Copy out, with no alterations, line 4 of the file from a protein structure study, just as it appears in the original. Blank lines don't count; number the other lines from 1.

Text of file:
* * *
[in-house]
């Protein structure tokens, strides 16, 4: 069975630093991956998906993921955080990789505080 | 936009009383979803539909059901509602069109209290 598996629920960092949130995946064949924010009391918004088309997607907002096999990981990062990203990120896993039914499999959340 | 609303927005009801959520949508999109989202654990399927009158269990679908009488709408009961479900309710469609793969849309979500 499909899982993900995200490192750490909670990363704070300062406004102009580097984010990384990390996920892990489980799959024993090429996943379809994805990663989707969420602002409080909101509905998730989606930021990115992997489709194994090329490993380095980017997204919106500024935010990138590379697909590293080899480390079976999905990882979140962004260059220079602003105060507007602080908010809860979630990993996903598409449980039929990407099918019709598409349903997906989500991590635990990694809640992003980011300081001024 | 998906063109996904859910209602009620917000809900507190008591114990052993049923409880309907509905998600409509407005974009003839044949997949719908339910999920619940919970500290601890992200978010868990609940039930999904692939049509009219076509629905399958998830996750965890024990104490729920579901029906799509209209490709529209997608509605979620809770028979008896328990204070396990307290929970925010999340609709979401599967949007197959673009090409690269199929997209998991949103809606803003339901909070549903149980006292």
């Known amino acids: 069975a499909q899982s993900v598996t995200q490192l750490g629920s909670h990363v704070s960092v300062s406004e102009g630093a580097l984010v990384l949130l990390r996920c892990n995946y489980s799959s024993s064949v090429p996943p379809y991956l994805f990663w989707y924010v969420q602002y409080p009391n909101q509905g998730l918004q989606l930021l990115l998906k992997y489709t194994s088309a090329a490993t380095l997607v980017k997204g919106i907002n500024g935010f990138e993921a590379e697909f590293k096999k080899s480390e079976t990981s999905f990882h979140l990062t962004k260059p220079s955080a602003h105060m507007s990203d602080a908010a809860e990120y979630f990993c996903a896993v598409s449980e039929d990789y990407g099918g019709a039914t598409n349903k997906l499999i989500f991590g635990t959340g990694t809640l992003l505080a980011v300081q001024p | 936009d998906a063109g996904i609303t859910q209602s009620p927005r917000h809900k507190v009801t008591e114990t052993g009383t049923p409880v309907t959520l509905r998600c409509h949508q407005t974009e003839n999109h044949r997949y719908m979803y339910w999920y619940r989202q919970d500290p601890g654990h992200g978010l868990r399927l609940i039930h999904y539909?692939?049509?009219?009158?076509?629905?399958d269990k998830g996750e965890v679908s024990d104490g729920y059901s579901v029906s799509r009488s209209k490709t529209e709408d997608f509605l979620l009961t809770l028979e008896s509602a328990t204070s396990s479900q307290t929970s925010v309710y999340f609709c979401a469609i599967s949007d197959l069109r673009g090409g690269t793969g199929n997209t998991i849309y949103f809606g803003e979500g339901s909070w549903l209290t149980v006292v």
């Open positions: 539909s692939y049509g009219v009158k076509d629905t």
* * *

């Open positions: 539909s692939y049509g009219v009158k076509d629905t």